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Cedar Mill News
Volume 4, Issue 6


June 2006
A stand of Valley Ponderosa near Stayton, Oregon

The Nature of Cedar Mill
Willamette Valley Ponderosa Pine

By Kyle Spinks, Biologist, Tualatin Hills Park and Recreation District

[Editor’s note: Back in the May 2005 issue of the Cedar Mill News there was a story about The Old Lead Tree, a solitary ponderosa pine that local boys used for target practice. But what was a large ponderosa doing in the Willamette Valley? Now we know!

Oregonians are accustomed to seeing these tall, straight-trunked trees on the east side of the Cascades, so people are surprised to learn that the Willamette Valley has its own variety of ponderosas that do very well in the wetter climes of the valley.

Genetically, they are two distinct races and neither does well transplanted to the other’s habitat. The field work for a native stand mapping project was completed in the fall of 2002. Over 950 stands were recorded throughout the Willamette Valley from Beaverton to Cottage Grove.

Ponderosa pine bark smells of vanilla when scratched and the red-orange ‘jigsaw-piece’ plates of the bark of the mature trees are unmistakable. It’s quite easy to differentiate the long, three-needle bundles of ponderosa pine from the shorter, paired needles of the lodgepole pine or the five-needle bundles of the western white pine or the sugar pine.

Here's a ponderosa in Terra Linda Park, however this may not be a true Valley Ponderosa

Ponderosas typically grow on drier sites, with shallow or no slope, and prefer lots of sun. They do well in moderately drained soils, but can survive in finer, silty soils. Individual trees can be seen towering above a forest, but usually these originally grew out in the open and the forest later grew up around them. They are often seen in oak savannas or woodlands and many of the same animals that prefer oaks will take advantage of the pines for habitat, food, and refuge. For example, western gray squirrels feed on the pine seeds and nest in the branches, and hawks and owls use the high crowns of the pines for nesting and perching points.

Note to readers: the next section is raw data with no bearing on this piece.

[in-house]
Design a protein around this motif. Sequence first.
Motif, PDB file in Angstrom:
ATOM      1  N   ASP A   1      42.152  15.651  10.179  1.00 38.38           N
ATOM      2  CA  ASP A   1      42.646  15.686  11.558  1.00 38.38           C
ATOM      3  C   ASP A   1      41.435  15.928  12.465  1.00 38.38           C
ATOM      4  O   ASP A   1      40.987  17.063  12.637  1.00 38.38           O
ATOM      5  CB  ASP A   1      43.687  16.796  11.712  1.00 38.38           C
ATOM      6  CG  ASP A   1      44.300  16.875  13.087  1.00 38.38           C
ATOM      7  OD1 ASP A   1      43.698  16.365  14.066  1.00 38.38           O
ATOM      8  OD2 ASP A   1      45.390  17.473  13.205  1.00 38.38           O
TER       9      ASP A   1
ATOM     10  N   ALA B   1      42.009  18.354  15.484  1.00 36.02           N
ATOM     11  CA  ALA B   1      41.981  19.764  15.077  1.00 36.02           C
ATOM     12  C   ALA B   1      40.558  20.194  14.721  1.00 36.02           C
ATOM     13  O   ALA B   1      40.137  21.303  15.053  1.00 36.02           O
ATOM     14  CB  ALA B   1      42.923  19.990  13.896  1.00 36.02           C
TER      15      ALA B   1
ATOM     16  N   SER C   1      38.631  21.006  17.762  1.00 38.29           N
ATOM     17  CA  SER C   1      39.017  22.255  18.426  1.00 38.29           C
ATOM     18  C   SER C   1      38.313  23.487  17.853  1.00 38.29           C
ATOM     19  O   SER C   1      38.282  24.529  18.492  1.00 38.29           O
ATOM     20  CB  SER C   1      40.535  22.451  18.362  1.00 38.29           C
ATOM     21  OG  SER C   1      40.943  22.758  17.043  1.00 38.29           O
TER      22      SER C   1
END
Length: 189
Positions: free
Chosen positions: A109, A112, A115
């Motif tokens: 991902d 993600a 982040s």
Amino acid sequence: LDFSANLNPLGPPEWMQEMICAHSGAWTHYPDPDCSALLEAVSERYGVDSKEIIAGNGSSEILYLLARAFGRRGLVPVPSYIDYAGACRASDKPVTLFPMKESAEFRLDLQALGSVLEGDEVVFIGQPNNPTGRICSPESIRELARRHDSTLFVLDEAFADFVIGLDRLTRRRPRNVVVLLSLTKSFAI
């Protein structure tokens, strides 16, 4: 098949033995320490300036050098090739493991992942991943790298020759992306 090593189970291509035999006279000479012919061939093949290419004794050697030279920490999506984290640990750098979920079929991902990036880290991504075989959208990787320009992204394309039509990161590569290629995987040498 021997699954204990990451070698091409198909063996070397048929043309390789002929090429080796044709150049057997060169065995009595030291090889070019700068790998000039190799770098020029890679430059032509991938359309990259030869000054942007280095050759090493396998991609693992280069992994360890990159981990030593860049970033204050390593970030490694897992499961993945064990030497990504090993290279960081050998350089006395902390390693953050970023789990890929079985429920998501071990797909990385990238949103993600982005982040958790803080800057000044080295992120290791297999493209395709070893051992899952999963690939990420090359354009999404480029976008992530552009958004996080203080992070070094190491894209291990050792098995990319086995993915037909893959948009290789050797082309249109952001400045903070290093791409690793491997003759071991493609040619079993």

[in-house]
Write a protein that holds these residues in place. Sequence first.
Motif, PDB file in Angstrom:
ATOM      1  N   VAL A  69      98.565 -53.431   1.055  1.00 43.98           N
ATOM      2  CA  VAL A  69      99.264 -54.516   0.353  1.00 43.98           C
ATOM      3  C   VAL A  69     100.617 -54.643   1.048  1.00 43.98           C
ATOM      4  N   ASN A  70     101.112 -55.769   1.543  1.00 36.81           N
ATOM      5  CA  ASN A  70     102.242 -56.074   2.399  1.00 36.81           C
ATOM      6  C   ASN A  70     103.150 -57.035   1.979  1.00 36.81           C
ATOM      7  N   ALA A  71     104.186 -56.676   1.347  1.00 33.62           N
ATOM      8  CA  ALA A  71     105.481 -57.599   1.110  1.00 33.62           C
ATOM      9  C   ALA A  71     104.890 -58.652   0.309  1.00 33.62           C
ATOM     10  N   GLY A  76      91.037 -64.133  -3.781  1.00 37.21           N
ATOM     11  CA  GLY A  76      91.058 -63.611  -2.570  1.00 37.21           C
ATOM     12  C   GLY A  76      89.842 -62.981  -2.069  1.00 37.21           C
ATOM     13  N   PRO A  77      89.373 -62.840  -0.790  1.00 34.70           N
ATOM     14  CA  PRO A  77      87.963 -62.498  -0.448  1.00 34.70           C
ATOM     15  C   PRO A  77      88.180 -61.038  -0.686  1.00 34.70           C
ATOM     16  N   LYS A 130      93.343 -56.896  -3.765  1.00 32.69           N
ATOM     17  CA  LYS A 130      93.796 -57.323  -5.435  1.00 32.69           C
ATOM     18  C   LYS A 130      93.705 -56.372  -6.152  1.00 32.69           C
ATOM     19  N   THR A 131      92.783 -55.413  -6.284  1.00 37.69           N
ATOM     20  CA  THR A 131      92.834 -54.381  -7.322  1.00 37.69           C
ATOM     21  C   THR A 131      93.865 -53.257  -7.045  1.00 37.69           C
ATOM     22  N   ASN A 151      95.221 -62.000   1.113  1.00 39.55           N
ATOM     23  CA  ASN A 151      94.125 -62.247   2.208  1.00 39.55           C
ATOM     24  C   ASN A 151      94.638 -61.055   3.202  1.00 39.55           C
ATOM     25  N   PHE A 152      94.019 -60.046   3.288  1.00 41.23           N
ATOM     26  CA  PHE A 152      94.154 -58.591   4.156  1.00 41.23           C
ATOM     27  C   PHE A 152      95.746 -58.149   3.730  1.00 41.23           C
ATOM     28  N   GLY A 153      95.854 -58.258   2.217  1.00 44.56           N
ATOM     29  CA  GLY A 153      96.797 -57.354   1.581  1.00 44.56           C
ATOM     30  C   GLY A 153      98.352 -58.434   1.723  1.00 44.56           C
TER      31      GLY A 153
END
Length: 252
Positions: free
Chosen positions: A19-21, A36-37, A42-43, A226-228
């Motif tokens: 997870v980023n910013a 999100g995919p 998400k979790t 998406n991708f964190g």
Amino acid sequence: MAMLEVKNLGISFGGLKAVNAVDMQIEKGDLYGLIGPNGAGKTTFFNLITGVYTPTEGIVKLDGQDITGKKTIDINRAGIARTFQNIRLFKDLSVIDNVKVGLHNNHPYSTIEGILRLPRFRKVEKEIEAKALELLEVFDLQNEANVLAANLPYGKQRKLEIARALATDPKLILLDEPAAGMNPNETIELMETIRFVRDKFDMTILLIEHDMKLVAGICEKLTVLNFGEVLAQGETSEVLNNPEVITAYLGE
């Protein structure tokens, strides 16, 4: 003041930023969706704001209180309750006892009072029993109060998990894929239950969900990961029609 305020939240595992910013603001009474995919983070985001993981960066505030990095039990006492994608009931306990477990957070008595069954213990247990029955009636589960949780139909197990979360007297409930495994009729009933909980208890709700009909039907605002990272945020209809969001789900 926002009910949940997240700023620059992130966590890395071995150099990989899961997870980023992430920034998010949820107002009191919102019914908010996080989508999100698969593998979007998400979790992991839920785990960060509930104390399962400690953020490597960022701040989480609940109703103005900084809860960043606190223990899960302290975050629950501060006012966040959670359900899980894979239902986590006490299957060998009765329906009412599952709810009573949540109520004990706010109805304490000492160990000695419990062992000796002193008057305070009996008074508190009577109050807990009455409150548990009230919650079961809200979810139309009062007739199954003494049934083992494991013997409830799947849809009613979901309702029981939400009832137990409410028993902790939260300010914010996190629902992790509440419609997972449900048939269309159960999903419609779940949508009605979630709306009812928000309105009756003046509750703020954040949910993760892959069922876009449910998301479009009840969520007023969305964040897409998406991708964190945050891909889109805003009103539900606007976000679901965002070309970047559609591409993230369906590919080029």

Botanical archeologists have identified pollen from our ponderosa pines several thousand years old and, based upon the pollen counts in soil core samples, have estimated the ponderosa populations peaked and held steady for about 7,000 years, until settlers from east of the Rockies moved into Oregon in the mid-1800’s.

The Latin name ‘ponderosa’ means ‘heavy (for the wood), and indicates why ponderosas have been prized for timber from the earliest times of Oregon settlement. The grain is typically straight and free of defects in a healthy stand. The wood is durable and has natural decay resistance that makes it an excellent wood for construction and finish carpentry. In fact, these traits led to the decline of the valley’s ponderosas over the last 150 years.

Today, the Willamette Valley Ponderosa Pine Conservation Association ( actively promotes seed collection from trees and stands throughout the valley to provide native source seedlings for replanting. If you are looking for a tree that will achieve a grand height and add wonderful character to both your yard and your neighborhood, a Willamette Valley ponderosa pine is a fine choice.

Here's a list of the 2005 Seedling Nurseries that carried Willamette Valley Ponderosa seedlings. They may or may not have them this year. Remember, fall is the best time to plant a tree! (Word doc, 40Kb) And please note: this will grow to be a very large tree that may drop lots of needles and cones.

If you're interested in finding out more about these trees, you can contact Bob McNitt at or (503) 769-9806



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Published monthly by Cedar Mill Advertising & Design
Publisher/Editor:Virginia Bruce
12110 NW West Rd
Portland, OR 97229